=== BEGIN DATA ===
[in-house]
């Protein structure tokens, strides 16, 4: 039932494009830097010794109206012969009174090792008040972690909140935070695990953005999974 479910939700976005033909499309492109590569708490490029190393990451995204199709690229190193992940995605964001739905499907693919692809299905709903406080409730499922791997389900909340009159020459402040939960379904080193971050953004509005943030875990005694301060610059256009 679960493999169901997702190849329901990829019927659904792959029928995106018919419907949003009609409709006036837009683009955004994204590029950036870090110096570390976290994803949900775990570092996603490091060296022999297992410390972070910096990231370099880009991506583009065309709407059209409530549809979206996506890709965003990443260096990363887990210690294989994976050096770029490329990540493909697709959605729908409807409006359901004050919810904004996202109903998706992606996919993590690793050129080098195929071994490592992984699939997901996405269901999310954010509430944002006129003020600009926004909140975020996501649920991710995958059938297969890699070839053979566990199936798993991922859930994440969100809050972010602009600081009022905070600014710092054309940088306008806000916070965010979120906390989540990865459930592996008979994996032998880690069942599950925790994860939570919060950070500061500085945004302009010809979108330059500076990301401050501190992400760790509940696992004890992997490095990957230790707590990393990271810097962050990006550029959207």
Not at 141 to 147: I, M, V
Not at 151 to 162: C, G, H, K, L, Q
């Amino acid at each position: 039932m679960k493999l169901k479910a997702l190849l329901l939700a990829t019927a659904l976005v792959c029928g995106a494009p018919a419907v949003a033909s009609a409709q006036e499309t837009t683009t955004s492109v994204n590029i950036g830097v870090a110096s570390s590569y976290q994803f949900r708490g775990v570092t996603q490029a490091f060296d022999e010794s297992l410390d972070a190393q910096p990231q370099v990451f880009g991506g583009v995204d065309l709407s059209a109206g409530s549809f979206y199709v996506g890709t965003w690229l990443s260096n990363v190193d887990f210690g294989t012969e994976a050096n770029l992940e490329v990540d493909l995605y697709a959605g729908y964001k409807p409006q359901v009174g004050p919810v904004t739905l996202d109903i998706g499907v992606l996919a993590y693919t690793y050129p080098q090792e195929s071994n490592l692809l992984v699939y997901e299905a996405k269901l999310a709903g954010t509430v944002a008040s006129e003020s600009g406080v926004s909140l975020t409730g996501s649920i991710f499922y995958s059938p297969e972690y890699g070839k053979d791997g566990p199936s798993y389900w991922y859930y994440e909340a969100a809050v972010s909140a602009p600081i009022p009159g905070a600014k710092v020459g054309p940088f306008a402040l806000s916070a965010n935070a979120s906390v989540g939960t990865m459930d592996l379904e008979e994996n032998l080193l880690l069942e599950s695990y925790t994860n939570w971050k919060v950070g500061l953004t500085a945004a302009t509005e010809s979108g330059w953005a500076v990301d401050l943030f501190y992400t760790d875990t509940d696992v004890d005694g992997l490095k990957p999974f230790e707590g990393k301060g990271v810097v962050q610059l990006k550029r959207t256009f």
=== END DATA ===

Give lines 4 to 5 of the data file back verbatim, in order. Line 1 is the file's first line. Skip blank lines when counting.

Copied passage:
Not at 151 to 162: C, G, H, K, L, Q
């Amino acid at each position: 039932m679960k493999l169901k479910a997702l190849l329901l939700a990829t019927a659904l976005v792959c029928g995106a494009p018919a419907v949003a033909s009609a409709q006036e499309t837009t683009t955004s492109v994204n590029i950036g830097v870090a110096s570390s590569y976290q994803f949900r708490g775990v570092t996603q490029a490091f060296d022999e010794s297992l410390d972070a190393q910096p990231q370099v990451f880009g991506g583009v995204d065309l709407s059209a109206g409530s549809f979206y199709v996506g890709t965003w690229l990443s260096n990363v190193d887990f210690g294989t012969e994976a050096n770029l992940e490329v990540d493909l995605y697709a959605g729908y964001k409807p409006q359901v009174g004050p919810v904004t739905l996202d109903i998706g499907v992606l996919a993590y693919t690793y050129p080098q090792e195929s071994n490592l692809l992984v699939y997901e299905a996405k269901l999310a709903g954010t509430v944002a008040s006129e003020s600009g406080v926004s909140l975020t409730g996501s649920i991710f499922y995958s059938p297969e972690y890699g070839k053979d791997g566990p199936s798993y389900w991922y859930y994440e909340a969100a809050v972010s909140a602009p600081i009022p009159g905070a600014k710092v020459g054309p940088f306008a402040l806000s916070a965010n935070a979120s906390v989540g939960t990865m459930d592996l379904e008979e994996n032998l080193l880690l069942e599950s695990y925790t994860n939570w971050k919060v950070g500061l953004t500085a945004a302009t509005e010809s979108g330059w953005a500076v990301d401050l943030f501190y992400t760790d875990t509940d696992v004890d005694g992997l490095k990957p999974f230790e707590g990393k301060g990271v810097v962050q610059l990006k550029r959207t256009f």